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Stuck ICBM Silo Blast Doors Fixed, Says Global Strike Command

Posted by Colin Clark on


WASHINGTON: I live in a pretty old house and the doors stick sometimes. In summer they expand because of the fabulous DC humidity. Then there’s the whole settling thing, when the house sinks, the door frame warps and the door sticks.

So when I heard the blast doors at Air Force ICBM silos were sticking I was sympathetic, if a bit more concerned. After all, I reasoned, if they are sticking might that affect our ability to launch in the horrible event it might be necessary.

Well, it turns out the doors were sticking. The good news is that would not have affected our ability to launch. The bad news is that they are an important part of our nuclear response.

I sent questions to the Air Force about this. If you want to get some idea how seriously the service now takes stories about the readiness of the nuclear force, you just need to read the exchange below. In years past, I can tell you getting answers about something like this would have been incredibly difficult and probably would have taken weeks — if they responded at all. (Note to Space and Missile Systems Command: learn from these guys.)

Following is the exchange I had with the spokeswoman for Air Force Global Strike Command, Maj. Shelley Laver. It’s self-explanatory.

Q: Is there a problem with sticking ICBM blast doors?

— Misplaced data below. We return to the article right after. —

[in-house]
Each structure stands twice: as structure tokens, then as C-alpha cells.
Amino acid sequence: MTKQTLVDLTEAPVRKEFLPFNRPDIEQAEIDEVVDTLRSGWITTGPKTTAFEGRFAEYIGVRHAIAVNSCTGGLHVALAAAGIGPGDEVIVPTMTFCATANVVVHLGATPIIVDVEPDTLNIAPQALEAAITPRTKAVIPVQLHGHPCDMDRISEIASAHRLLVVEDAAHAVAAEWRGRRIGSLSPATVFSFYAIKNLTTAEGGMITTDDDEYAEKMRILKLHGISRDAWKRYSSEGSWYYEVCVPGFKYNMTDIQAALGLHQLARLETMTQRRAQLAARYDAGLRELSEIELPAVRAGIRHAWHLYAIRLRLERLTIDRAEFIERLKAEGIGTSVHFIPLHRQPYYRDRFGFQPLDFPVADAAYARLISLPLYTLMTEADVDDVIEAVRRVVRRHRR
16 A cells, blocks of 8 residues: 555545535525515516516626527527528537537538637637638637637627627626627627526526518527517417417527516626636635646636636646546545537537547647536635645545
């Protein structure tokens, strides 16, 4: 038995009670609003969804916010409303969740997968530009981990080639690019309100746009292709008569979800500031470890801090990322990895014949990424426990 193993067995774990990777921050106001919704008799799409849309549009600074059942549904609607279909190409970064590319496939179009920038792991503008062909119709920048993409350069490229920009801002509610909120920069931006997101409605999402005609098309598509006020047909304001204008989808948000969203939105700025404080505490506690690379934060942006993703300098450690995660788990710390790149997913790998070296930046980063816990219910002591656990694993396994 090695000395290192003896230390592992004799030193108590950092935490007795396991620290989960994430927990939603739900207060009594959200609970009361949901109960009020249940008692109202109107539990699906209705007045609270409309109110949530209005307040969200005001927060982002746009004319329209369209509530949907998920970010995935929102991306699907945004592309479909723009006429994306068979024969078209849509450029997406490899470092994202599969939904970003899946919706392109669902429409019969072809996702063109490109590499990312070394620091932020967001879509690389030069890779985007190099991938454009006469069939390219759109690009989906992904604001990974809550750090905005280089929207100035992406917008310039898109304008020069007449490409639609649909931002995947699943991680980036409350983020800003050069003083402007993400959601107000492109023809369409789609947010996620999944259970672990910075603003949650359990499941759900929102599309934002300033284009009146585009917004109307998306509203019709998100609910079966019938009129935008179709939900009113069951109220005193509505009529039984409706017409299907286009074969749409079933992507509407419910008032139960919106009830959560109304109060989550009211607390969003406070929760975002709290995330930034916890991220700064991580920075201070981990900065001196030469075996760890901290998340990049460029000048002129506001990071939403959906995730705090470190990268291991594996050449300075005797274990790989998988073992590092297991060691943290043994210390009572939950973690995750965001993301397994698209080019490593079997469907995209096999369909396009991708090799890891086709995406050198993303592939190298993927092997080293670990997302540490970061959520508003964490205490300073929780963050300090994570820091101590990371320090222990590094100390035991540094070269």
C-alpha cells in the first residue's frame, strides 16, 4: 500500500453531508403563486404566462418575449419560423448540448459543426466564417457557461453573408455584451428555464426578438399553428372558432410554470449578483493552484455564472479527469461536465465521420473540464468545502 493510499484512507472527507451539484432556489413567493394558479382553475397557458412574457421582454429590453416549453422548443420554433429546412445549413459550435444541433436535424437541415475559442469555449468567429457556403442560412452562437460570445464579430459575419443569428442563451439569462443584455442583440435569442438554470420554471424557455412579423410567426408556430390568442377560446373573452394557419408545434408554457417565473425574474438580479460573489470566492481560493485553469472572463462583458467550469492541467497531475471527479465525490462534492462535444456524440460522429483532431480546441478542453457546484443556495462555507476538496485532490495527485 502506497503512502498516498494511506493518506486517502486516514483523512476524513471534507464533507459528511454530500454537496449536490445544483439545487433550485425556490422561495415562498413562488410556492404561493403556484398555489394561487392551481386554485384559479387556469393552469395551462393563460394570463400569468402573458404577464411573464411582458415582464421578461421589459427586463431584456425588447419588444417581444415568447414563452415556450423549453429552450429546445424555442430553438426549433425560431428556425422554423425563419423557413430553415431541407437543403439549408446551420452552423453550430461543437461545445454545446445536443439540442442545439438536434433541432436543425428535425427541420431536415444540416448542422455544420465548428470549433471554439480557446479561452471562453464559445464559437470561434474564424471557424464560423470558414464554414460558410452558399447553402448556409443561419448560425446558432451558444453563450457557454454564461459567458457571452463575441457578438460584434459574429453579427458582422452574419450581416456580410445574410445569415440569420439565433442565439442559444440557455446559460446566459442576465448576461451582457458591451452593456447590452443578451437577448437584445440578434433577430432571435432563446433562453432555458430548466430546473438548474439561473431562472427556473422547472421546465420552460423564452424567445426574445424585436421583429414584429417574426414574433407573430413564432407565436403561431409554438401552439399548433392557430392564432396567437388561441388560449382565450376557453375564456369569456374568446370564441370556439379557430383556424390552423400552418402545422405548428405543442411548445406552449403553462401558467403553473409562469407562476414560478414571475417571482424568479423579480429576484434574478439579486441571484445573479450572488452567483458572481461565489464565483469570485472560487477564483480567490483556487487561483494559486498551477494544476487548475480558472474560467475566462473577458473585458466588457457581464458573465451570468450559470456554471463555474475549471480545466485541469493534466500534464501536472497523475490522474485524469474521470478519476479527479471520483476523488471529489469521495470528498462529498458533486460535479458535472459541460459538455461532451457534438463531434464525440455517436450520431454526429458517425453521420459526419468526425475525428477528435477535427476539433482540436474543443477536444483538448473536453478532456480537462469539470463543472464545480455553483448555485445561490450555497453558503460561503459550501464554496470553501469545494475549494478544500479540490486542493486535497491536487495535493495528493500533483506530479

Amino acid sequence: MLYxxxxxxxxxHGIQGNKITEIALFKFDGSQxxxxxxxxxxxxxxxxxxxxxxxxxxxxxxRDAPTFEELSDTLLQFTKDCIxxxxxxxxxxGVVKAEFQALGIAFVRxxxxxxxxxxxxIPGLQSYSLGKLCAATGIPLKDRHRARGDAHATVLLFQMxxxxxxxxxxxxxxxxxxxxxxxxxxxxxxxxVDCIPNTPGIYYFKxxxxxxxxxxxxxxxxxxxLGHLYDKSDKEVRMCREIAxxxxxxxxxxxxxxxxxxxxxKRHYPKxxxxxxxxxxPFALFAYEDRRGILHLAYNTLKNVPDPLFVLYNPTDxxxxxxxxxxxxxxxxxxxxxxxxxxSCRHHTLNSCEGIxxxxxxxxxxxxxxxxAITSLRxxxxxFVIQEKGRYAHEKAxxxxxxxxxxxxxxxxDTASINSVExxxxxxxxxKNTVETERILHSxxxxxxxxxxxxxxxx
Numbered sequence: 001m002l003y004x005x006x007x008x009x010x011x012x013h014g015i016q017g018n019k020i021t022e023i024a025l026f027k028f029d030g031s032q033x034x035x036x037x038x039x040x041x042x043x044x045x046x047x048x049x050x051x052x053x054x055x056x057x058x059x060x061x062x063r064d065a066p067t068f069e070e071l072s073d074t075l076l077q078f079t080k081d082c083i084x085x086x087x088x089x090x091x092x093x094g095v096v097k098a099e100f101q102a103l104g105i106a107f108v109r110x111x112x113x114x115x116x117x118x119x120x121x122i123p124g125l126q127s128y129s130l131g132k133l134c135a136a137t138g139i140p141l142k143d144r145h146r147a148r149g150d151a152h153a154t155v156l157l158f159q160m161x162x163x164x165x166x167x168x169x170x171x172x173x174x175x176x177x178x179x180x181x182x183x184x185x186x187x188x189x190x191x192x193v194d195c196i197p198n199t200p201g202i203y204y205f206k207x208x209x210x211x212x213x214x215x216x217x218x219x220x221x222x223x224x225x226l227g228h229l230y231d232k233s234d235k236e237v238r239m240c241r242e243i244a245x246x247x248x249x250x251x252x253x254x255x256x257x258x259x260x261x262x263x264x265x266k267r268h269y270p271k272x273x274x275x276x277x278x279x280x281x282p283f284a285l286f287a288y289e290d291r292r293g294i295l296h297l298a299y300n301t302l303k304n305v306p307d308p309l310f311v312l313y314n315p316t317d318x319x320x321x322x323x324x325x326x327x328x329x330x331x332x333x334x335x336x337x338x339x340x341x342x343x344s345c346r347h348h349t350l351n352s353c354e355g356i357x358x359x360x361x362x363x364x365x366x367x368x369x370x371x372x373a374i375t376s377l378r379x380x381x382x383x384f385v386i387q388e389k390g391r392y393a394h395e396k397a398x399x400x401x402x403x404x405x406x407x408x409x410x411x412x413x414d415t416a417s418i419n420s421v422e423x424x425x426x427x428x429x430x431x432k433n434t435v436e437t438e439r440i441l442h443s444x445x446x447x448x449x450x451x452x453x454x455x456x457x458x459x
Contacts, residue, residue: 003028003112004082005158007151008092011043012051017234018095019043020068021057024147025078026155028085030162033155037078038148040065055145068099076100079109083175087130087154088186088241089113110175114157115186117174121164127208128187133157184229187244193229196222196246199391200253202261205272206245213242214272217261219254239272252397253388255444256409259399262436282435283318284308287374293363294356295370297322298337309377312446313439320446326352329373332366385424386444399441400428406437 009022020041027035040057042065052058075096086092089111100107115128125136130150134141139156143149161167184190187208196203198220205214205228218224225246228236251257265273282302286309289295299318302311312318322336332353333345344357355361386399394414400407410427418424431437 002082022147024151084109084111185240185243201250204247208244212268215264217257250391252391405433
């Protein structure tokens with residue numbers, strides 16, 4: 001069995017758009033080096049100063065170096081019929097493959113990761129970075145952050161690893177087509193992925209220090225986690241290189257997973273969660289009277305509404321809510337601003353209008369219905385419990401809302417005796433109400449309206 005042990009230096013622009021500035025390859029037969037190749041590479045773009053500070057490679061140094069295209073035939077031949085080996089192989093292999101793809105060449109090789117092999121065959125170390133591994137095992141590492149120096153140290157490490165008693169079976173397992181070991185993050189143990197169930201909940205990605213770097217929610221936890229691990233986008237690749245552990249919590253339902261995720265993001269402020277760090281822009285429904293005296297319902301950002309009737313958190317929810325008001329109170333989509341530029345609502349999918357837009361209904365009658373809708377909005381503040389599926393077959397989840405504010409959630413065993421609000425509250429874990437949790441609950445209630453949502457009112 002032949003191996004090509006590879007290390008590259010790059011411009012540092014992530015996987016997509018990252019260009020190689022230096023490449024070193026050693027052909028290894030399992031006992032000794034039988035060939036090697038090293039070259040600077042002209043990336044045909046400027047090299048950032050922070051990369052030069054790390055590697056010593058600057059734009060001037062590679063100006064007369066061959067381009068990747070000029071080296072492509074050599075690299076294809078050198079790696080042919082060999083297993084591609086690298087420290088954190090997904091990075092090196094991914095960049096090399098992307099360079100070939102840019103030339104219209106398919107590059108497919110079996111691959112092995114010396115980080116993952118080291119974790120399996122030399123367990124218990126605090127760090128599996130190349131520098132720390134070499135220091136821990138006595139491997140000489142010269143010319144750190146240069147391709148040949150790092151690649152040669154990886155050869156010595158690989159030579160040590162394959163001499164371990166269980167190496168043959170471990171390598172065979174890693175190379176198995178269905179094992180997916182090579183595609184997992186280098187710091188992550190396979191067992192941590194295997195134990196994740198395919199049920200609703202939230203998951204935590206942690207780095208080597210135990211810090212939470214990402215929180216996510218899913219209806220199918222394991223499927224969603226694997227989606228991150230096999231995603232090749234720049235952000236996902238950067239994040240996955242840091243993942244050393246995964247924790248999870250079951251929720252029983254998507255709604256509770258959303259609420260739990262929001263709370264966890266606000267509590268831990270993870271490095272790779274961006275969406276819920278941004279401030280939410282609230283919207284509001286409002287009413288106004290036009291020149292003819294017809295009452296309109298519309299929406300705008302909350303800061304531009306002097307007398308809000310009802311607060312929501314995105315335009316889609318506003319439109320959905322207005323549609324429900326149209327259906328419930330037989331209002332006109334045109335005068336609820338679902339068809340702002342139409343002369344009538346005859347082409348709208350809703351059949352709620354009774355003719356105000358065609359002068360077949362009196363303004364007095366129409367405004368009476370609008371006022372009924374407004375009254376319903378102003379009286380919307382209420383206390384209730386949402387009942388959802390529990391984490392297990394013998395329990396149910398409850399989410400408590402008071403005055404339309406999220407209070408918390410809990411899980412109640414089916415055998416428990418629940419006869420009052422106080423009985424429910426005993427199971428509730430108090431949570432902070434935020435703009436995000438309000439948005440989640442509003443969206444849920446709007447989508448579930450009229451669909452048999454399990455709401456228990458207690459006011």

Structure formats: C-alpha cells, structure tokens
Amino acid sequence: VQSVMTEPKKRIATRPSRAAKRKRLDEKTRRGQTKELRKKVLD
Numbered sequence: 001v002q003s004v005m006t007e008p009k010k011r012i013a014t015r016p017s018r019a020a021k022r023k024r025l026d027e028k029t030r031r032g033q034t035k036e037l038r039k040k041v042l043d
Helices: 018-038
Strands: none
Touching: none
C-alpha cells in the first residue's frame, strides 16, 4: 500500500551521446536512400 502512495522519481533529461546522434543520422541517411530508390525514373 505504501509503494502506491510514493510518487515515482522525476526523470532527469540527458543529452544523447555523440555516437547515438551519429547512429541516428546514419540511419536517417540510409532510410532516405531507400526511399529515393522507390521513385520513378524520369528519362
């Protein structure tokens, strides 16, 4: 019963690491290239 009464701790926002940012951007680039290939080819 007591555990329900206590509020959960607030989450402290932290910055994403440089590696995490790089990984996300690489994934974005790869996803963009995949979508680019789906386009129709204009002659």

A: ICBM blast doors are 8-ton concrete and steel doors secured with hydraulically operated pins to provide blast protection for the equipment and crews in the launch control center and launch control equipment building. Missile crews noted difficulty in opening the blast doors following a HVAC system replacement at all facilities in 2011. While this was ‘sticking’, differential air pressure sometimes made it difficult to pull open the 8-ton door. The air pressure problem has since been fixed by HVAC system adjustments completed this year, and ‘sticking’ is no longer a problem for opening blast doors.

On a launch facility (LF), there is a 110-ton rolling door that covers the missile and launch tube. This launcher door system has not experienced any problems with sticking or difficulty in opening.

Q: If so how bad is it?

A: There is no longer any difficulty in opening the doors, as the problem has been corrected through the HVAC system modification.

Q: Are there concerns these doors could stop an intended launch?

A: While the problem is now fixed, the problem with blast doors would not affect the ability to launch.

Q: Have work arounds been found?

A: System engineers devised a technical solution and modification that balanced the air flow in the facility, and restored normal blast door opening for personnel.

Q: I also heard this is being caused by the pinch of OM funding caused by sequestration. The base hasn’t gotten enough funds to get this fixed. True? Sort of true?

A: Funding was not, and is not currently, a limitation concerning ICBM blast doors or launcher closure door maintenance. [Editors’ note: our source on this says tight operational funding did play a role in delaying these repairs. I’m willing to give the Air Force the benefit of the doubt.]

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